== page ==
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Comment & Response
September 13, 2016

Evaluating Elevated Hemoglobin

Author Affiliations
  • 1Division of Hematology/Oncology, University of North Carolina, Chapel Hill
  • 2Department of Pathology and Laboratory Medicine, University of North Carolina, Chapel Hill
JAMA. 2016;316(10):1114-1115. doi:10.1001/jama.2016.11326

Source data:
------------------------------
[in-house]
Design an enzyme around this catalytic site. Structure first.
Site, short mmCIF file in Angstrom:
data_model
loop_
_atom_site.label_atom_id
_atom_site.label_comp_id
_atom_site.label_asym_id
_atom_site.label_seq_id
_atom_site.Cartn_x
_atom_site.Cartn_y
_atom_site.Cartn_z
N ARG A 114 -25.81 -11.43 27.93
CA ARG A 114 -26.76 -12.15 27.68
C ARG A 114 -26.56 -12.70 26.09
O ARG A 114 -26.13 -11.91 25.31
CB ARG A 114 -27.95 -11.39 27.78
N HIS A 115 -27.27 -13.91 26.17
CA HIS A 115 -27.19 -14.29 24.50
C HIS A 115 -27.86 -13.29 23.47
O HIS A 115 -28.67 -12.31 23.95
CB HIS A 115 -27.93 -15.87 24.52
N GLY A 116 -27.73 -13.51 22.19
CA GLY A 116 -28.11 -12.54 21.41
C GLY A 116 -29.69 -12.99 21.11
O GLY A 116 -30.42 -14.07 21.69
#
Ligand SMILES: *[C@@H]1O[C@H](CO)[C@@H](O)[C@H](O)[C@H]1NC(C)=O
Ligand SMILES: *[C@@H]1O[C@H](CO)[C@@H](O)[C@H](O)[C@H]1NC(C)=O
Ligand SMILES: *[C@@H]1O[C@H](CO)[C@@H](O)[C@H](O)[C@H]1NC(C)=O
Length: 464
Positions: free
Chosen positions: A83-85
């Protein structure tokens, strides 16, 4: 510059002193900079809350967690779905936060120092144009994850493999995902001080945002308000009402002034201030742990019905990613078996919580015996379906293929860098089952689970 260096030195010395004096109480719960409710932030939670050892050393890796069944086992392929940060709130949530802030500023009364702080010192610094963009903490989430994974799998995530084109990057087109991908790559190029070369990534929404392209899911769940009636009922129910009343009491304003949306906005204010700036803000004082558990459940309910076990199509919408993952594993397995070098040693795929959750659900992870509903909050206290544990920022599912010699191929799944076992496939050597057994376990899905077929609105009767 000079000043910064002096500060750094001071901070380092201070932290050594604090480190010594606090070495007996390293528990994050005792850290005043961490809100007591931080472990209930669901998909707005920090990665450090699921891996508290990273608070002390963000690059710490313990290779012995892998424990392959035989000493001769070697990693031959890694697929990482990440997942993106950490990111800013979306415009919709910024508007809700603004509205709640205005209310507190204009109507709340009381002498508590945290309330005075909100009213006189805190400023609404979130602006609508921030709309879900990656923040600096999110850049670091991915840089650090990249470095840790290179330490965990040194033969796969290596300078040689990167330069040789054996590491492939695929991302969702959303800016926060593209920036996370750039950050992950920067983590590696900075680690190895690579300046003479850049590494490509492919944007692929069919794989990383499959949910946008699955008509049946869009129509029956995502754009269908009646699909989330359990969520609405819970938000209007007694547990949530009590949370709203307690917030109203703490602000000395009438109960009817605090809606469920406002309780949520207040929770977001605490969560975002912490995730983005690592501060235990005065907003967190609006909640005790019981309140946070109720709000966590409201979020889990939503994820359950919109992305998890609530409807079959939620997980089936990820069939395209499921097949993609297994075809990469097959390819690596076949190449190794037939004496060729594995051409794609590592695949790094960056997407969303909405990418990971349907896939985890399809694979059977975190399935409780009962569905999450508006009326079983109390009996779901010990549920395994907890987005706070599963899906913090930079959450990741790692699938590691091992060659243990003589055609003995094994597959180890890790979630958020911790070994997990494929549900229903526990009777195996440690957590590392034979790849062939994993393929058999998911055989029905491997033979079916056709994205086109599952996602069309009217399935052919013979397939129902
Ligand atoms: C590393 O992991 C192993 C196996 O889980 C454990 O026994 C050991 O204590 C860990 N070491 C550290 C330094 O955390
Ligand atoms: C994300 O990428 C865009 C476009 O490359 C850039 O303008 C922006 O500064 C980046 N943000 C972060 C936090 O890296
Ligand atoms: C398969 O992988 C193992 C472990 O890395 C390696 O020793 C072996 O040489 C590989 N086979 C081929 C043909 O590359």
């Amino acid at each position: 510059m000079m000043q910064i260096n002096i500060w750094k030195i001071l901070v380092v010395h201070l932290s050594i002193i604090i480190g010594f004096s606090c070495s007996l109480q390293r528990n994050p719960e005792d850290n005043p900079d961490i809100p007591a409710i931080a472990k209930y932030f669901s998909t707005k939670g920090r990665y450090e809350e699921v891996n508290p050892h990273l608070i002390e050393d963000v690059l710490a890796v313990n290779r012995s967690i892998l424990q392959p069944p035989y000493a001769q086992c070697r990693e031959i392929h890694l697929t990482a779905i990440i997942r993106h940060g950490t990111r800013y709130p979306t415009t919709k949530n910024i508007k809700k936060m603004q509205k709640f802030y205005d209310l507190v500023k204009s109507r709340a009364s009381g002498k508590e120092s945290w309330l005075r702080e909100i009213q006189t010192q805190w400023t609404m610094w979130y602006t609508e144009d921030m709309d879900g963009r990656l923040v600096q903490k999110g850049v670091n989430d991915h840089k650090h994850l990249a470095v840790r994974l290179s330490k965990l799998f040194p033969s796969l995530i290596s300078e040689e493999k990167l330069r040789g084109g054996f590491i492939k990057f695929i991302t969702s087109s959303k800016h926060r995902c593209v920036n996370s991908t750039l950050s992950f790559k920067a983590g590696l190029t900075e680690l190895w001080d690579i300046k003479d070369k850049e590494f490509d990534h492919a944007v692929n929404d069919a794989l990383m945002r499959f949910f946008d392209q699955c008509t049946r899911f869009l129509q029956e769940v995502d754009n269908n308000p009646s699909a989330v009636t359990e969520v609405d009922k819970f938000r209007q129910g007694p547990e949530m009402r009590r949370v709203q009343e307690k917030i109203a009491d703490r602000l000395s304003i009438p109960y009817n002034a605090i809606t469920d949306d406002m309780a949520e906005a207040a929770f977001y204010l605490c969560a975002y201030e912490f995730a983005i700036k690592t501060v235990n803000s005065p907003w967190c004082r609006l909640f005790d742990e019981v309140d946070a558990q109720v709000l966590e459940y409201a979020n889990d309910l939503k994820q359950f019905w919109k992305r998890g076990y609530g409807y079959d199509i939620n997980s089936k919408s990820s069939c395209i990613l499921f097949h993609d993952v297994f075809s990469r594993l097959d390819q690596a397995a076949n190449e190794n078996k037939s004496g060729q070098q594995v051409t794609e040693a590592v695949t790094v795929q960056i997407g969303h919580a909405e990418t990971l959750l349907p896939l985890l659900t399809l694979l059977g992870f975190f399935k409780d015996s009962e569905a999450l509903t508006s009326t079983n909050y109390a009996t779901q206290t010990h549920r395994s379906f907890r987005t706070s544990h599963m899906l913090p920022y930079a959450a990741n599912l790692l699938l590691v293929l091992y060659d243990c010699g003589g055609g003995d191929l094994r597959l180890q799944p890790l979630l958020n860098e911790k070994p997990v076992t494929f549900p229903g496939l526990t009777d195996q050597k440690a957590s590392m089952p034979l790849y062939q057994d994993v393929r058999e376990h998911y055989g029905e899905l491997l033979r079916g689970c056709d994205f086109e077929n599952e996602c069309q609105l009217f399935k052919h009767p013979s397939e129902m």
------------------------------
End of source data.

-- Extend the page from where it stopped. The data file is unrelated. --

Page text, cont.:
To the Editor In a JAMA Diagnostic Test Interpretation article, Drs Scherber and Mesa outlined the diagnostic steps in evaluation of an elevated hemoglobin level.1 We agree that JAK2 V617F gene mutation testing is among the options in the diagnostic algorithm for elevated hemoglobin, even in the presence of low-normal serum erythropoietin levels, because prompt treatment of polycythemia vera is warranted to reduce thrombotic risk. Contrary to the authors’ statements, however, testing for JAK2 mutations is usually done on peripheral blood rather than plasma, and test results are typically reported as either positive or negative (qualitative). Quantitative values are difficult to interpret because there is no standard analytic method of measurement and there are no interlaboratory calibrators. Numeric thresholds for acting on mutant allele burden are not well established.

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